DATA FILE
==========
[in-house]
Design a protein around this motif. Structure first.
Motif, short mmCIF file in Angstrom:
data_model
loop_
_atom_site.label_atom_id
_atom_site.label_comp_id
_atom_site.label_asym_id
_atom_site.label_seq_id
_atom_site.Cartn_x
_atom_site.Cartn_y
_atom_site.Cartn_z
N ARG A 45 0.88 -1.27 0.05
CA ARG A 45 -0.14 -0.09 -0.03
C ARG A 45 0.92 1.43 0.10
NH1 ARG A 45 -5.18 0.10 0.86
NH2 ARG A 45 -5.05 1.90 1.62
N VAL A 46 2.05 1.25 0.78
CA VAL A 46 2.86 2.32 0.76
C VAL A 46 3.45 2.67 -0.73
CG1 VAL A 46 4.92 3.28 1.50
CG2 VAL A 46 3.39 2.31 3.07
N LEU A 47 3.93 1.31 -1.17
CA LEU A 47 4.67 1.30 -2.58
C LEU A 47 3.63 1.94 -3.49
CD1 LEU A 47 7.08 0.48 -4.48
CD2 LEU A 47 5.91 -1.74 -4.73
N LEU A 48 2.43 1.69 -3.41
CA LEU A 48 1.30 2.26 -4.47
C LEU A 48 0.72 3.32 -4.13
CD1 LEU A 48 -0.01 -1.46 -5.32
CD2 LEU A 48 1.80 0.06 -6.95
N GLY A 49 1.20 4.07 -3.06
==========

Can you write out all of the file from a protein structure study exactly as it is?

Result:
[in-house]
Design a protein around this motif. Structure first.
Motif, short mmCIF file in Angstrom:
data_model
loop_
_atom_site.label_atom_id
_atom_site.label_comp_id
_atom_site.label_asym_id
_atom_site.label_seq_id
_atom_site.Cartn_x
_atom_site.Cartn_y
_atom_site.Cartn_z
N ARG A 45 0.88 -1.27 0.05
CA ARG A 45 -0.14 -0.09 -0.03
C ARG A 45 0.92 1.43 0.10
NH1 ARG A 45 -5.18 0.10 0.86
NH2 ARG A 45 -5.05 1.90 1.62
N VAL A 46 2.05 1.25 0.78
CA VAL A 46 2.86 2.32 0.76
C VAL A 46 3.45 2.67 -0.73
CG1 VAL A 46 4.92 3.28 1.50
CG2 VAL A 46 3.39 2.31 3.07
N LEU A 47 3.93 1.31 -1.17
CA LEU A 47 4.67 1.30 -2.58
C LEU A 47 3.63 1.94 -3.49
CD1 LEU A 47 7.08 0.48 -4.48
CD2 LEU A 47 5.91 -1.74 -4.73
N LEU A 48 2.43 1.69 -3.41
CA LEU A 48 1.30 2.26 -4.47
C LEU A 48 0.72 3.32 -4.13
CD1 LEU A 48 -0.01 -1.46 -5.32
CD2 LEU A 48 1.80 0.06 -6.95
N GLY A 49 1.20 4.07 -3.06